If they'd done that, "liberal" Liberals could identify with the centre-right, centre, or centre-left, "liberal" New Democrats could identify with the "left", "centre-left", and perhaps even a few with the "centre", and "conservative" Conservatives could identify with the "centre-right" and "right". While there was a greater absolute number of "liberal" New Democrats than "liberal" Liberals, the percentage of "liberals" in the NDP (60.6%) was less than the percentage of "liberals" in the Liberal Party (72%). Party name obviously has something to do with it.
But what particularly interests me is the ideological survey results for Manitoba and Saskatchewan (which I'll also call "the prairies" or "the Canadian prairies"). The numbers obtained show that a greater percentage of prairie Canadians are small-c conservative than Albertans!
Autonomy for All has also noted the staunchly conservative results, attesting that he could see a rightwing shift in Saskatchewan but not Manitoba.
Now, what can we read from this data?
- Perhaps our Province and Saskatchewan really are ideologically more rightwing than Alberta, which would explain difficulty the NDP's had gaining traction in Saskatchewan the last few election cycles and it's falling federal fortunes in Manitoba. Maybe people are swayed to vote for the Manitoba NDP by non-ideological issues.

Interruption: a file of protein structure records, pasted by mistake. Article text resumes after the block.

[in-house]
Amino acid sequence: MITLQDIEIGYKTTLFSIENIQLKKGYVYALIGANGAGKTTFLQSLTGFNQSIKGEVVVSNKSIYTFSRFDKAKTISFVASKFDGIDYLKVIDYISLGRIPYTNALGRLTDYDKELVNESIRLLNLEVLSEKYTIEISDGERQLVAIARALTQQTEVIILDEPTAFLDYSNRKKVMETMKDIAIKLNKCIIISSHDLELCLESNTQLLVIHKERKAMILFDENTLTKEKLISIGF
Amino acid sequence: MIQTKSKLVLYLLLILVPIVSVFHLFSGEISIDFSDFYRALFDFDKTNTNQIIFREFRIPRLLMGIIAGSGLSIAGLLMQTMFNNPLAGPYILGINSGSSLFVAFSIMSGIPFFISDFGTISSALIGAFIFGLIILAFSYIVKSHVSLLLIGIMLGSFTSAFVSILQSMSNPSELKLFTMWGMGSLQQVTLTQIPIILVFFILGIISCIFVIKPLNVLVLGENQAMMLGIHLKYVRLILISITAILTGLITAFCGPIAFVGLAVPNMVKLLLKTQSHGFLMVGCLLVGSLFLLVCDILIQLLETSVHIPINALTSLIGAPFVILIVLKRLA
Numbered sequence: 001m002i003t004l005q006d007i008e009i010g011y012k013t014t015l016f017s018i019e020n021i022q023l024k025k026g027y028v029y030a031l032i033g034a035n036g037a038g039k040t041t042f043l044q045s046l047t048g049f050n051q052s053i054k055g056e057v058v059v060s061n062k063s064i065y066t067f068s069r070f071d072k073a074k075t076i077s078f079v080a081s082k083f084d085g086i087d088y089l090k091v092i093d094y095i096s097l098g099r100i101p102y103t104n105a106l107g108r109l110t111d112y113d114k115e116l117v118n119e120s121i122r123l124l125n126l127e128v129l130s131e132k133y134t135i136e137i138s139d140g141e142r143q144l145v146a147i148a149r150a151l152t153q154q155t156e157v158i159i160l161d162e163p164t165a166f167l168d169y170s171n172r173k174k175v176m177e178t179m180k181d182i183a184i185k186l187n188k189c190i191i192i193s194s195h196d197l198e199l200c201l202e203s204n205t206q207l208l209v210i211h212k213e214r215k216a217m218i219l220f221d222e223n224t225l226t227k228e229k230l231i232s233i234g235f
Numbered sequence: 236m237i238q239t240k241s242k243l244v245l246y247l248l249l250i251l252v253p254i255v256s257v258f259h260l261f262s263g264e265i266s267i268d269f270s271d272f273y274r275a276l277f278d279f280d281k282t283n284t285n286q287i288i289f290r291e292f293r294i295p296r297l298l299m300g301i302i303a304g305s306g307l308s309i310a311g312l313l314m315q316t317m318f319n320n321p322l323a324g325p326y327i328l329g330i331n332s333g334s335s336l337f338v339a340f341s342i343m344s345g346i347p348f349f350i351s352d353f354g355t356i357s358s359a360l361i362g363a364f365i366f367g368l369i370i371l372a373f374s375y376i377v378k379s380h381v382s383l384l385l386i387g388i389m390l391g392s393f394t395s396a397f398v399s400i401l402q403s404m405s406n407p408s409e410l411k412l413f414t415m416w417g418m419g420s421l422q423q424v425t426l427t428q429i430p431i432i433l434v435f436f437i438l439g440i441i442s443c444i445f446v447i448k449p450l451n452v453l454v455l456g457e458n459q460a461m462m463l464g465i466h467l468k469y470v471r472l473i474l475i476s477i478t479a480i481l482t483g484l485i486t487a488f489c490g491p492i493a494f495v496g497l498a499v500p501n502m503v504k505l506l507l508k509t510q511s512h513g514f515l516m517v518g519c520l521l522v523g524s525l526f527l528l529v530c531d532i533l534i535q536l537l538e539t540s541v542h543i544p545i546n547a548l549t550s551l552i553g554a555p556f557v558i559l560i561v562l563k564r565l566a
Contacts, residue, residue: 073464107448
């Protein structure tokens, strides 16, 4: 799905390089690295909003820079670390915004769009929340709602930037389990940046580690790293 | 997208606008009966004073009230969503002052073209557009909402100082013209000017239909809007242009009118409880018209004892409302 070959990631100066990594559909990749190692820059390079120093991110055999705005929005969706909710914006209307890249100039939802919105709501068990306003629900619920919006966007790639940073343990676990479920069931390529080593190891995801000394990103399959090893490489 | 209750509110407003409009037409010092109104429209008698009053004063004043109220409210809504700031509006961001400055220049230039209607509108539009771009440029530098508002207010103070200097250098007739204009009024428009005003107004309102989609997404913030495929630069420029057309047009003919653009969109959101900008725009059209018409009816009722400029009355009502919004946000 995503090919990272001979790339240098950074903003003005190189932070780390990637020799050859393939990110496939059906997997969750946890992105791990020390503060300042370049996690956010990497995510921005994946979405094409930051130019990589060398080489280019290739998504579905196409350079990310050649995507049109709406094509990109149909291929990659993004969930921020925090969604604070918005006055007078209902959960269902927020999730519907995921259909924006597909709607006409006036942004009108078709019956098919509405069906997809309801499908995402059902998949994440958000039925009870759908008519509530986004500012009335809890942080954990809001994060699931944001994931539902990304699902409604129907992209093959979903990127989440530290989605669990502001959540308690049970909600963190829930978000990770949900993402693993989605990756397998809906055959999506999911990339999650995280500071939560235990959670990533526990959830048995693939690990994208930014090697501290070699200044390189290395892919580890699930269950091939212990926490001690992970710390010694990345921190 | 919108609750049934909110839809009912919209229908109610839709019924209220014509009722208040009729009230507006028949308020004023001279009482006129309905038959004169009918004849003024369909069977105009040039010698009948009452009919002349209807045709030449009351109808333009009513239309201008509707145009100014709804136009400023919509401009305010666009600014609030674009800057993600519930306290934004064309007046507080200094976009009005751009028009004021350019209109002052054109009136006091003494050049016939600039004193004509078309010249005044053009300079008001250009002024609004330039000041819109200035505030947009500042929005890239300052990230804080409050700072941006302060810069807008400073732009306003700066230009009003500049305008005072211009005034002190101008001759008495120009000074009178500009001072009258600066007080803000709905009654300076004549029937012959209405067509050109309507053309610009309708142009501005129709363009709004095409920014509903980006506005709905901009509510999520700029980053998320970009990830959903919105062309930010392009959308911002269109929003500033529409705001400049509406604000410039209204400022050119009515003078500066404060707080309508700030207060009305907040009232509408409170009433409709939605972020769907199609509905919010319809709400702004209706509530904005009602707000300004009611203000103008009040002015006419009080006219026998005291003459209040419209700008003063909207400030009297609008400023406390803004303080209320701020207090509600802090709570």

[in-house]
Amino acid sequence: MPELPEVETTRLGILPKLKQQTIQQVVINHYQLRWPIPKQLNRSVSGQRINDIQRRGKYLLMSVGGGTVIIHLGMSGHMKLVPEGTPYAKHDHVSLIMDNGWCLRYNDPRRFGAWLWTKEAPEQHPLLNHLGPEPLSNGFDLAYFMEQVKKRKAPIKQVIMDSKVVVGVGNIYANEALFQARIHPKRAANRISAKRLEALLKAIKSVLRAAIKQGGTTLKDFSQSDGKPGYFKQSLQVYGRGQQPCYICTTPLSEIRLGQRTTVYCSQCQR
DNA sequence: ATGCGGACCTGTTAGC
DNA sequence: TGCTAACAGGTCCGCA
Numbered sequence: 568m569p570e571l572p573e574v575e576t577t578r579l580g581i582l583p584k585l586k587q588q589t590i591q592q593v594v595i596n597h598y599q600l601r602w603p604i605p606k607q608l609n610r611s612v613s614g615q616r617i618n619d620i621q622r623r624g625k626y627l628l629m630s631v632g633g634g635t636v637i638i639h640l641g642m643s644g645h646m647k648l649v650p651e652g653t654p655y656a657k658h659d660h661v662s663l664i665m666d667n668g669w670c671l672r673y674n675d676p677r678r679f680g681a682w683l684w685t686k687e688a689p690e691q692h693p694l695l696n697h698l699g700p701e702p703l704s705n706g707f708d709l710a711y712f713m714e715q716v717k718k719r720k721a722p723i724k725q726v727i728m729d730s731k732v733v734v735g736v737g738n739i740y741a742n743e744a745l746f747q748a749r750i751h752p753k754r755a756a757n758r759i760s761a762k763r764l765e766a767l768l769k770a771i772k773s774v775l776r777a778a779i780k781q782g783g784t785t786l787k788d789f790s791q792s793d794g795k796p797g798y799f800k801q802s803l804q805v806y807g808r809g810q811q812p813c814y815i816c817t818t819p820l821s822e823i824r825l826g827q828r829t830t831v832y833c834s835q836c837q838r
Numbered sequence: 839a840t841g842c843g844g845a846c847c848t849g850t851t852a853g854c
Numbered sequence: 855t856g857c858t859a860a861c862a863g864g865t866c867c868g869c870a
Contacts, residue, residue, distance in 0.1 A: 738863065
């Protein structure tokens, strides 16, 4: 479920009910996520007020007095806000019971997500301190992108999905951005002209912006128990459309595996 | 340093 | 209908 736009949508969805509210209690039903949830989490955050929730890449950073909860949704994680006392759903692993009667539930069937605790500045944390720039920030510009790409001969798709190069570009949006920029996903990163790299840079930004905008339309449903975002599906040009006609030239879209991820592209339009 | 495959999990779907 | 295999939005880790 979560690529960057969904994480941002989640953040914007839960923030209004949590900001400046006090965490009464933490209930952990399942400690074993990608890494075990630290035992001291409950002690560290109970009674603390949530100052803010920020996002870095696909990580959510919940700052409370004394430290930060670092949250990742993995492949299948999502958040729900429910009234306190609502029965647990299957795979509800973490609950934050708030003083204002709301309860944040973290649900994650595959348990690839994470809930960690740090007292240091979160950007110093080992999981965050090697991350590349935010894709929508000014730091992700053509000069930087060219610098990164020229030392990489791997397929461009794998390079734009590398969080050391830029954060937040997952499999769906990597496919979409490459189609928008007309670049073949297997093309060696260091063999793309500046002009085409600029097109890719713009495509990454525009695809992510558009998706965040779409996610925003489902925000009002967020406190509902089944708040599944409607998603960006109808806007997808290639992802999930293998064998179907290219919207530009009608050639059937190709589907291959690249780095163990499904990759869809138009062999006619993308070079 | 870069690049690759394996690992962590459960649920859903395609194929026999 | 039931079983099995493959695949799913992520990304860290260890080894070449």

|2011 Manitoba Provincial election voter.|
In the 2011 election 46% of voters voted
centre-left NDP versus 43% for
the centre-right PCs. The
gave the NDP
a handsome seat count in return.
Image Source: CBC
- Perhaps the sample size was so ridiculously small that the results really don't hold.
- Perhaps prairie politics are unusually polarized, but the evenness of this polarization is hidden by the "Neither" category. Many "Neither" responders may be aligned with left-leaning groups like "progressive", "social democrat", and even "socialist", but have a particular distaste for identifying as "liberal" given the existence of a centrist large-L Liberal Party in Canada and at the provincial levels. In Saskatchewan, a few Liberal MLAs in the 1990s joined with various anti-NDP, centre-right, forces to form the Saskatchewan Party - this would certainly diminish the brand for left-wingers in the province. In Manitoba, given the more progressive stanches of the Manitoba Liberals, the brand may be less diminished but more than a few left-leaning NDP members would chose "Neither". The portion of obtained "Neithers" in the Canadian prairies is smaller (21.1%) than nation-wide (25.5%), but that's within the upward MOE.
|Osborne Village during Canada Day 2010.|
Osborne Village is a Winnipeg neighbourhood with
many groups (the unmarried,
social media aficionados,
untraditional households, and
- given he high property values for some homes
- some people in the upper middle class,
young professionals and professors) that
tend to be ideologically "liberal",
according to the EKOS survey.
Last provincial election, 51% of voters in the Fort Rouge
riding (which contains Osborne Village) voted NDP.
Image Source: CBC